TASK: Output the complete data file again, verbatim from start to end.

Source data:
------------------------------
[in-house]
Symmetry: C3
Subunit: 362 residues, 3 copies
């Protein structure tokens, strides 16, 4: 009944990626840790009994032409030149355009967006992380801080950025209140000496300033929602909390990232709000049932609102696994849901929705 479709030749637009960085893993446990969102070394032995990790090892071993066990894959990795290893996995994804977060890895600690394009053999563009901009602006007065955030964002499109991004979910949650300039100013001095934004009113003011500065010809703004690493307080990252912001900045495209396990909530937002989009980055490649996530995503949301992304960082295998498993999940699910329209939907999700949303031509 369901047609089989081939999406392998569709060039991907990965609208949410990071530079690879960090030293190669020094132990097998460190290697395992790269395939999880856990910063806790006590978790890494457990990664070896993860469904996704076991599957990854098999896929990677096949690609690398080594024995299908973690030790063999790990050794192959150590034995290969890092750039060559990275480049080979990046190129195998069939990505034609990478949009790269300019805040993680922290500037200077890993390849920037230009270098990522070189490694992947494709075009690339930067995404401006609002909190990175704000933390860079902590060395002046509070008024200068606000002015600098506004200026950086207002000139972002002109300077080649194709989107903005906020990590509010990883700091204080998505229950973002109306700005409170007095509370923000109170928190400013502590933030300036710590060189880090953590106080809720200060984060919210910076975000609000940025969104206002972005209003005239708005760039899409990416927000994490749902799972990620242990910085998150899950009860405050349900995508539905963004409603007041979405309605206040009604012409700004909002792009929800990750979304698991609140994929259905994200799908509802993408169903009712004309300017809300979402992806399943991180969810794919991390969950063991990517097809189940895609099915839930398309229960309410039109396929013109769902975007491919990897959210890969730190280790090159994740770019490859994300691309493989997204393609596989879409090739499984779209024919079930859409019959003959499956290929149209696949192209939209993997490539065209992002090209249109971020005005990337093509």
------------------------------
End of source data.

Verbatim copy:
[in-house]
Symmetry: C3
Subunit: 362 residues, 3 copies
């Protein structure tokens, strides 16, 4: 009944990626840790009994032409030149355009967006992380801080950025209140000496300033929602909390990232709000049932609102696994849901929705 479709030749637009960085893993446990969102070394032995990790090892071993066990894959990795290893996995994804977060890895600690394009053999563009901009602006007065955030964002499109991004979910949650300039100013001095934004009113003011500065010809703004690493307080990252912001900045495209396990909530937002989009980055490649996530995503949301992304960082295998498993999940699910329209939907999700949303031509 369901047609089989081939999406392998569709060039991907990965609208949410990071530079690879960090030293190669020094132990097998460190290697395992790269395939999880856990910063806790006590978790890494457990990664070896993860469904996704076991599957990854098999896929990677096949690609690398080594024995299908973690030790063999790990050794192959150590034995290969890092750039060559990275480049080979990046190129195998069939990505034609990478949009790269300019805040993680922290500037200077890993390849920037230009270098990522070189490694992947494709075009690339930067995404401006609002909190990175704000933390860079902590060395002046509070008024200068606000002015600098506004200026950086207002000139972002002109300077080649194709989107903005906020990590509010990883700091204080998505229950973002109306700005409170007095509370923000109170928190400013502590933030300036710590060189880090953590106080809720200060984060919210910076975000609000940025969104206002972005209003005239708005760039899409990416927000994490749902799972990620242990910085998150899950009860405050349900995508539905963004409603007041979405309605206040009604012409700004909002792009929800990750979304698991609140994929259905994200799908509802993408169903009712004309300017809300979402992806399943991180969810794919991390969950063991990517097809189940895609099915839930398309229960309410039109396929013109769902975007491919990897959210890969730190280790090159994740770019490859994300691309493989997204393609596989879409090739499984779209024919079930859409019959003959499956290929149209696949192209939209993997490539065209992002090209249109971020005005990337093509």